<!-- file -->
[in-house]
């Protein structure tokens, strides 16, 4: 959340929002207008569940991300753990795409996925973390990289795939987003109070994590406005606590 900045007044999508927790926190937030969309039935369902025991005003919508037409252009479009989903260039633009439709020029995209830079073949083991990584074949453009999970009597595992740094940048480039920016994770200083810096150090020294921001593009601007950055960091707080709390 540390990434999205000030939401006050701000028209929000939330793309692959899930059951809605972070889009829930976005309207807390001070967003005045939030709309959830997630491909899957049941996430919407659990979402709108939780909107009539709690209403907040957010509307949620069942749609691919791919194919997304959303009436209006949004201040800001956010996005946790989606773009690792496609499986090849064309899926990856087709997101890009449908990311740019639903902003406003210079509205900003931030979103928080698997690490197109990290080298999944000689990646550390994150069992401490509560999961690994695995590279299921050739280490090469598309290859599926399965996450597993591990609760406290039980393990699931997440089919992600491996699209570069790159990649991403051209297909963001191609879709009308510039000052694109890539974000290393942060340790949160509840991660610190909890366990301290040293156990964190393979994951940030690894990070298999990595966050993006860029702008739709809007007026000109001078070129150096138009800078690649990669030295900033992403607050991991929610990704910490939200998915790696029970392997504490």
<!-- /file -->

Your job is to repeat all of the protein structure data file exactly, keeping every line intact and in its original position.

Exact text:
[in-house]
């Protein structure tokens, strides 16, 4: 959340929002207008569940991300753990795409996925973390990289795939987003109070994590406005606590 900045007044999508927790926190937030969309039935369902025991005003919508037409252009479009989903260039633009439709020029995209830079073949083991990584074949453009999970009597595992740094940048480039920016994770200083810096150090020294921001593009601007950055960091707080709390 540390990434999205000030939401006050701000028209929000939330793309692959899930059951809605972070889009829930976005309207807390001070967003005045939030709309959830997630491909899957049941996430919407659990979402709108939780909107009539709690209403907040957010509307949620069942749609691919791919194919997304959303009436209006949004201040800001956010996005946790989606773009690792496609499986090849064309899926990856087709997101890009449908990311740019639903902003406003210079509205900003931030979103928080698997690490197109990290080298999944000689990646550390994150069992401490509560999961690994695995590279299921050739280490090469598309290859599926399965996450597993591990609760406290039980393990699931997440089919992600491996699209570069790159990649991403051209297909963001191609879709009308510039000052694109890539974000290393942060340790949160509840991660610190909890366990301290040293156990964190393979994951940030690894990070298999990595966050993006860029702008739709809007007026000109001078070129150096138009800078690649990669030295900033992403607050991991929610990704910490939200998915790696029970392997504490």